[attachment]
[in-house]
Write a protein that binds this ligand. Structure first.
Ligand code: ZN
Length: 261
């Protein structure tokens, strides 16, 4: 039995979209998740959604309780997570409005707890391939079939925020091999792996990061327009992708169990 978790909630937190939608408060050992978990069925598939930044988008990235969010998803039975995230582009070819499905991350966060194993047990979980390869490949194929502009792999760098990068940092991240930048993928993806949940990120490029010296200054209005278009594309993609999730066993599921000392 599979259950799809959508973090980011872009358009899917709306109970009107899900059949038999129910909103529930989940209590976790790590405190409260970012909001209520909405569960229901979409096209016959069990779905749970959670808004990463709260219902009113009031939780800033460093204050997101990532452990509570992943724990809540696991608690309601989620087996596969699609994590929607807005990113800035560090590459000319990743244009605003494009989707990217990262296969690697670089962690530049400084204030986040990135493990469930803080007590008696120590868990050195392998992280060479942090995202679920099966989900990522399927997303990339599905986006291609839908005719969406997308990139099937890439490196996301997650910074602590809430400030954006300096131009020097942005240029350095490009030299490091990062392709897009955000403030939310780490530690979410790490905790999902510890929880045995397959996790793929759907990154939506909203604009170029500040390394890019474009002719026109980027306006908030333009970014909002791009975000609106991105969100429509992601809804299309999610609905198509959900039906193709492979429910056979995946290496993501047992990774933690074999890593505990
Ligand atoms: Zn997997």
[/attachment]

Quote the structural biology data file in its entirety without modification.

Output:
[in-house]
Write a protein that binds this ligand. Structure first.
Ligand code: ZN
Length: 261
């Protein structure tokens, strides 16, 4: 039995979209998740959604309780997570409005707890391939079939925020091999792996990061327009992708169990 978790909630937190939608408060050992978990069925598939930044988008990235969010998803039975995230582009070819499905991350966060194993047990979980390869490949194929502009792999760098990068940092991240930048993928993806949940990120490029010296200054209005278009594309993609999730066993599921000392 599979259950799809959508973090980011872009358009899917709306109970009107899900059949038999129910909103529930989940209590976790790590405190409260970012909001209520909405569960229901979409096209016959069990779905749970959670808004990463709260219902009113009031939780800033460093204050997101990532452990509570992943724990809540696991608690309601989620087996596969699609994590929607807005990113800035560090590459000319990743244009605003494009989707990217990262296969690697670089962690530049400084204030986040990135493990469930803080007590008696120590868990050195392998992280060479942090995202679920099966989900990522399927997303990339599905986006291609839908005719969406997308990139099937890439490196996301997650910074602590809430400030954006300096131009020097942005240029350095490009030299490091990062392709897009955000403030939310780490530690979410790490905790999902510890929880045995397959996790793929759907990154939506909203604009170029500040390394890019474009002719026109980027306006908030333009970014909002791009975000609106991105969100429509992601809804299309999610609905198509959900039906193709492979429910056979995946290496993501047992990774933690074999890593505990
Ligand atoms: Zn997997």